Dogs, cats, gerbils: all socially-acceptable fauna to share a home with.
There aren’t many people who have pet silverfish.
In fact, the only reason I’m able to pick out a silverfish in a lineup is that we used to get them in our outbuildings when I was little and Dad always insisted they be given the back of the shoe. Yes, snuffed out with the traditional method reserved for minibeasts: squishing.
Being a ridiculous greenie today and having far too much empathy for my own good, I’m reluctant to do anything about the silverfish currently occupying our bathroom.
It’s not like they’re using up all the hot water or leaving hairs on the soap.
Indeed, they don’t seem to be doing any harm at all. Silverfish, as I understand it, consume paper and while this would be an obvious threat to precious things like books or papier-mâché hats, the ones in our bathroom seem to be subsisting on the tissue-paper dust that snows down onto their home in the ventilator when somebody tears off a piece of toilet roll.
It’s a rather charming little ecosystem.
Not ones for venturing out during daylight hours (something I can very much relate to), the silverfish and I only cross paths in the event of a midnight pee.
Even then, they largely ignore the gigantic vertebrate in their midst (that’s me) and swim quite playfully around my bare feet (moving in a way evocative glistening little fish, hence their name).
If there are high-flying ladies out there paying good money for goldfish pedicures, I don’t see why I should be turning down silverfish pedicures for free.
Silverfish pedicures: the poor man’s indulgence.
Silver is only second prize, after all. I’m willing to accept that.
To tell you the truth, dear reader (and why wouldn’t I? I’ve already confessed to my shameful bathroom infestation), the silverfish are actually rather cute. The baby ones are the size of eraser rubbings. How can such a tiny form contain anything like a mind? It seems impossible, but there they are.
Yes, reader, there are baby ones. There were originally only two silverfish. We called them Silvia and Silvio on the rather heteronormative presumption that they were a male-female couple. Hasty, yes, but soon proven accurate, as their numbers began to increase.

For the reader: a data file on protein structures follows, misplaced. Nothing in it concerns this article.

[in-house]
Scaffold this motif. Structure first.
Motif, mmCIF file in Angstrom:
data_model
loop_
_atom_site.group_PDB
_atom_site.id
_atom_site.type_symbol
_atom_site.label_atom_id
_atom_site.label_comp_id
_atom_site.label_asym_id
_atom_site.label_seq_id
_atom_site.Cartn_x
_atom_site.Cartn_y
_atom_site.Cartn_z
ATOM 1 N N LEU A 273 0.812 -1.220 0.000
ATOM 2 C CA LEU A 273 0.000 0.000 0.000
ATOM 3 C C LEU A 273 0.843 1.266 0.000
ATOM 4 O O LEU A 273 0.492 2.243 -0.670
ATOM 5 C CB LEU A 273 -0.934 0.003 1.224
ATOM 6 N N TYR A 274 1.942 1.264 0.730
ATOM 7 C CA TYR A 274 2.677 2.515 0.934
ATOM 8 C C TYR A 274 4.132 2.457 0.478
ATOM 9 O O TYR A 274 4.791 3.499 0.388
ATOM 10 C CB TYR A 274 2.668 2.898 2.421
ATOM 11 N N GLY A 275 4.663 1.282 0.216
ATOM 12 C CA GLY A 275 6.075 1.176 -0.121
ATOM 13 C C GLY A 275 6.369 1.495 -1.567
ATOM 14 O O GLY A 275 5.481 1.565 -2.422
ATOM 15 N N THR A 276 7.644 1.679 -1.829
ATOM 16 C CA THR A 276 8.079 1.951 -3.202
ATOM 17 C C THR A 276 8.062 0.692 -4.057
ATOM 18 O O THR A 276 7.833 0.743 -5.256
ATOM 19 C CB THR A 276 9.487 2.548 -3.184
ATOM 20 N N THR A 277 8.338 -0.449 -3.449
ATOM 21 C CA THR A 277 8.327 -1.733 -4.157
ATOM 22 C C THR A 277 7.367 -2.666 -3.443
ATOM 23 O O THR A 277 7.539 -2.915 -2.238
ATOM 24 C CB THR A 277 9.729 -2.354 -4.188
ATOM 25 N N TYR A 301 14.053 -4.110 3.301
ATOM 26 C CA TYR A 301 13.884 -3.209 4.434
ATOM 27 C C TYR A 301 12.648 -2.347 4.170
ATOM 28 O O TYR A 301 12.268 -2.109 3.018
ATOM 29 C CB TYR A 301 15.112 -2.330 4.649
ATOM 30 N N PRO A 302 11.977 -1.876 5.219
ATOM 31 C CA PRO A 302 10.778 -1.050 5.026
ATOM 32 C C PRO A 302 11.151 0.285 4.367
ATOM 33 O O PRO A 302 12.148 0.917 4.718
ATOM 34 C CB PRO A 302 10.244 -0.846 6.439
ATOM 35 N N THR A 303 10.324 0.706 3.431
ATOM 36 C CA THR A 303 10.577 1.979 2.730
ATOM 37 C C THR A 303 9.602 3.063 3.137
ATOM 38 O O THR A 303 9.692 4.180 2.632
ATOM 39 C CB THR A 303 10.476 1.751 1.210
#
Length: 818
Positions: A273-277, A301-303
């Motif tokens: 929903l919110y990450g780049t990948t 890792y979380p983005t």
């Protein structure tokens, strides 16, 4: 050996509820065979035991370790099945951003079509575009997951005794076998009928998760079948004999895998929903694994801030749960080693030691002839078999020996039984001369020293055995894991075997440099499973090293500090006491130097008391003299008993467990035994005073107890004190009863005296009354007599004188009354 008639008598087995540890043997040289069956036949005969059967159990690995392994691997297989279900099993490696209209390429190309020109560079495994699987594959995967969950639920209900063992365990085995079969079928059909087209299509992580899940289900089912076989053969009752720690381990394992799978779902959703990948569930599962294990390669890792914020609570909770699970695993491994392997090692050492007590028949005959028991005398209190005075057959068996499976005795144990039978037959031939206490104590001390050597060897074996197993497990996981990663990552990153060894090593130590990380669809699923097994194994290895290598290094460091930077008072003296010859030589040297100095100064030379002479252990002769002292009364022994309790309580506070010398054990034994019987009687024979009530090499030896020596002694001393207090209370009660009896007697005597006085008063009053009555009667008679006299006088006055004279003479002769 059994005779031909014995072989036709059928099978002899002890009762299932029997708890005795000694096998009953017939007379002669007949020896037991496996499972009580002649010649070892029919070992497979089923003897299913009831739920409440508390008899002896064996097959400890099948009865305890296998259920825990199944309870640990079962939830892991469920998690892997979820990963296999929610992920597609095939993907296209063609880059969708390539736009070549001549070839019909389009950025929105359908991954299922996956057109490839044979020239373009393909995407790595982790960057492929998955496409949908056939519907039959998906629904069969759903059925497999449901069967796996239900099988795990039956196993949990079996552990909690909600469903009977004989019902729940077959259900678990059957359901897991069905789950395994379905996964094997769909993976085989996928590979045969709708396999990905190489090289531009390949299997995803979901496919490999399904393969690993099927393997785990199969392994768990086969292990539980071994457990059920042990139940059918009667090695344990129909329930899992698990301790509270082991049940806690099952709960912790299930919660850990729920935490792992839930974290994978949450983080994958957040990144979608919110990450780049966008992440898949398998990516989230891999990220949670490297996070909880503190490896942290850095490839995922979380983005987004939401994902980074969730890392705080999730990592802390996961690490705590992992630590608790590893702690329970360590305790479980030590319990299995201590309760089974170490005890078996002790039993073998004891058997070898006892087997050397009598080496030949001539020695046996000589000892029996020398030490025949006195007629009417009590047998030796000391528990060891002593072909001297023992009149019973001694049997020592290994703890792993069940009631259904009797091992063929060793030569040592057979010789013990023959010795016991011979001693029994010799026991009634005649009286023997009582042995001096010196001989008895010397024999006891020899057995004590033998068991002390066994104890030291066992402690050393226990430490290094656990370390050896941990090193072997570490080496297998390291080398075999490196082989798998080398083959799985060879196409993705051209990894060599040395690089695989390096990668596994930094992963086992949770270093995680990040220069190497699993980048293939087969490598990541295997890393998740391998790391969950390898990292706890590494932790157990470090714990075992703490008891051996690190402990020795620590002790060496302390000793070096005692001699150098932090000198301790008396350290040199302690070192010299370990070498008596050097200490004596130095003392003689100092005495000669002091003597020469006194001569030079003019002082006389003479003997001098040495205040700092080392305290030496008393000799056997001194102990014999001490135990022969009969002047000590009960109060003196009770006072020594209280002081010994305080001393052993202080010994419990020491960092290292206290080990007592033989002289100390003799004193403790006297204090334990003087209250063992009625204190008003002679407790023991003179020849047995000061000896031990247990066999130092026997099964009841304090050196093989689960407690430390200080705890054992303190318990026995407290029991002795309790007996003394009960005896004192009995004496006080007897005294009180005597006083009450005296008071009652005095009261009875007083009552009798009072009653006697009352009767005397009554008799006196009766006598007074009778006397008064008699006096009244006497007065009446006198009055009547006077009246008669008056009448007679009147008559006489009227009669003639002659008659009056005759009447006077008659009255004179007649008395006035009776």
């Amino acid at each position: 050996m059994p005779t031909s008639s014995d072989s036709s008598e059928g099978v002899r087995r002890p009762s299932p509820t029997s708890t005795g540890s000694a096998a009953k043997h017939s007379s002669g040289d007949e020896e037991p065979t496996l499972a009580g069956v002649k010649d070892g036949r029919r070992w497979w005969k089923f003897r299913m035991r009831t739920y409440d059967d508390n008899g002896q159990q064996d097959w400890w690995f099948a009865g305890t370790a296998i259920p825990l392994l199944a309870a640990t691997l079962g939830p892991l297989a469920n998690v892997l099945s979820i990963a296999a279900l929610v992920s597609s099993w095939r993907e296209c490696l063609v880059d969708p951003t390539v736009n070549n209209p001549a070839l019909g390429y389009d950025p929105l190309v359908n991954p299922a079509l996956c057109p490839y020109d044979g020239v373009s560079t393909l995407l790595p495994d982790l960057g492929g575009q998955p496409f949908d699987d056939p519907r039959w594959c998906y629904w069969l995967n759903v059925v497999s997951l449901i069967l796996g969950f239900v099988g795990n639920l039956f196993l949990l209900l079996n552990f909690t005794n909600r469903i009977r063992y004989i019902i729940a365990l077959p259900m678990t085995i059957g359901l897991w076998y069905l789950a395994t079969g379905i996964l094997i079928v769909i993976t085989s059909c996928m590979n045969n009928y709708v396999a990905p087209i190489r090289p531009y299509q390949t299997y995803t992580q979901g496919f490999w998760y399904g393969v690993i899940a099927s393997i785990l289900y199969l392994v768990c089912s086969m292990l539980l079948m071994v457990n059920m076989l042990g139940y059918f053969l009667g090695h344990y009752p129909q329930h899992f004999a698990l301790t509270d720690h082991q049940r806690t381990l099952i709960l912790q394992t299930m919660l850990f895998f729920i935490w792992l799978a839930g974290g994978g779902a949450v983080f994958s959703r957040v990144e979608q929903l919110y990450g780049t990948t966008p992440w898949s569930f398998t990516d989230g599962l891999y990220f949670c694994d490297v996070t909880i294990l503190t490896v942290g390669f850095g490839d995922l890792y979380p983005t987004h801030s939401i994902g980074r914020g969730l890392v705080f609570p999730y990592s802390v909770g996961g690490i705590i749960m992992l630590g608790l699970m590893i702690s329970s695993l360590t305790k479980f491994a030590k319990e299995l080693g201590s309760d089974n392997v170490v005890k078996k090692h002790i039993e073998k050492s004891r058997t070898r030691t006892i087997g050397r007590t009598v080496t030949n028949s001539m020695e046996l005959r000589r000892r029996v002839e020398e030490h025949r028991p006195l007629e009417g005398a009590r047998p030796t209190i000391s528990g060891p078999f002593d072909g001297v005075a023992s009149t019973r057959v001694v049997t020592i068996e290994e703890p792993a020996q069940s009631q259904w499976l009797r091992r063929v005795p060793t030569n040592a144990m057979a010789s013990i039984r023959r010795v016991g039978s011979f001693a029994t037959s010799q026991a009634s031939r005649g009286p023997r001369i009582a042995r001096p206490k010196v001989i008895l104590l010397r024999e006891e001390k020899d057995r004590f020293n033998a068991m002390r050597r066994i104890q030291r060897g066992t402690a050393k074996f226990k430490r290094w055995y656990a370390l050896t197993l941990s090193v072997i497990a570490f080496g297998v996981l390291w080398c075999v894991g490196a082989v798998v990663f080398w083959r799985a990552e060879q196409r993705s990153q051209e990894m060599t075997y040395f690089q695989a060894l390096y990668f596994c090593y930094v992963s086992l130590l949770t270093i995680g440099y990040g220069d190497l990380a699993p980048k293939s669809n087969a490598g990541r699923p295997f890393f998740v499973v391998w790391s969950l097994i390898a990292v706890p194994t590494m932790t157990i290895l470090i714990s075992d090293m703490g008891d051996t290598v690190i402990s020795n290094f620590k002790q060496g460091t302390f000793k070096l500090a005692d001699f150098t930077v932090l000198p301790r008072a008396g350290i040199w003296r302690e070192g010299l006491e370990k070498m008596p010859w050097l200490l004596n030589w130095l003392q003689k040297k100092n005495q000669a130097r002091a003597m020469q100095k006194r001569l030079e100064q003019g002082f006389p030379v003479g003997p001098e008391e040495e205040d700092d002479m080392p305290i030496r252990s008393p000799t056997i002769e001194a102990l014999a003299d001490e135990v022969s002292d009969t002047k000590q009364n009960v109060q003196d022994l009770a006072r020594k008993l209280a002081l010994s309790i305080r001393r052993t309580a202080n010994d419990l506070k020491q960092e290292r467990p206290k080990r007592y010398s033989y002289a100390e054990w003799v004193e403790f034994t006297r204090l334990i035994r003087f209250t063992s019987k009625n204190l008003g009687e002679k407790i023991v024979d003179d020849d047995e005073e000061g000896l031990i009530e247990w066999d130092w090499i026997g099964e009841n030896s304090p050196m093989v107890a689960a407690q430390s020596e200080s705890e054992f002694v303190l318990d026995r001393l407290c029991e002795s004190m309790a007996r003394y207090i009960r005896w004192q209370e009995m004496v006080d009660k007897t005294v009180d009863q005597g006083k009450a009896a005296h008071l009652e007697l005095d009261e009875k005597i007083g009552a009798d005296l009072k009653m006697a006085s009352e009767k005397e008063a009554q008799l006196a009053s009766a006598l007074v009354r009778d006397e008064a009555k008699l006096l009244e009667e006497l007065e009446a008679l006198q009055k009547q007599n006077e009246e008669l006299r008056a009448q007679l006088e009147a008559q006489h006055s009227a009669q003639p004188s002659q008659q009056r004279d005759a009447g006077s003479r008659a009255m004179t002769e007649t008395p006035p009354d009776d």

You may be thinking: Kill them! Kill them now before it’s too late! and I agree it may be possible that the infestation is getting out of hand. But there’s the Montreal Agreement to consider.
You see, the silverfish and I have an unspoken agreement. If they stay in the bathroom, they can continue to live and to thrive.
After all, who am I so snuff our their tiny lives for no good reason? I’m no beastly Titan, you know.
But if I see one elsewhere in the apartment, I’ve given myself license to thwack it. Until that day, I’d allow them to live in peace rather than, as the case would be, pieces.
That day arrived today. I found a silverfish in the bedroom.
When I squashed the rogue animal with the spine of How to Be Idle (sorry Tom, it just happened to be to hand — it’s a testament to the book that it’s always so close by) it reduced to a barely-identifiable smudge, like a smattering of ash.
Needless to say, I felt terrible about this. A life smudged out. But them’s the rules, silverfish. You saw the agreement on the table. I must protect my books and any house guests who happen to wear papier-mâché hats.
I’m now thrown into a moral quandary. Do I make a preemptive strike by exterminating all of the silverfish–innocent babies and all–as they sleep? Or do you think they’ll get the message when none of their scouts ever seem to return from beyond the bathroom door?
Strike in advance to protect my books? Or punish only the offending parties? I don’t think it’s hyperbole to suggest that this must be exactly how President Obama feels about ISIS.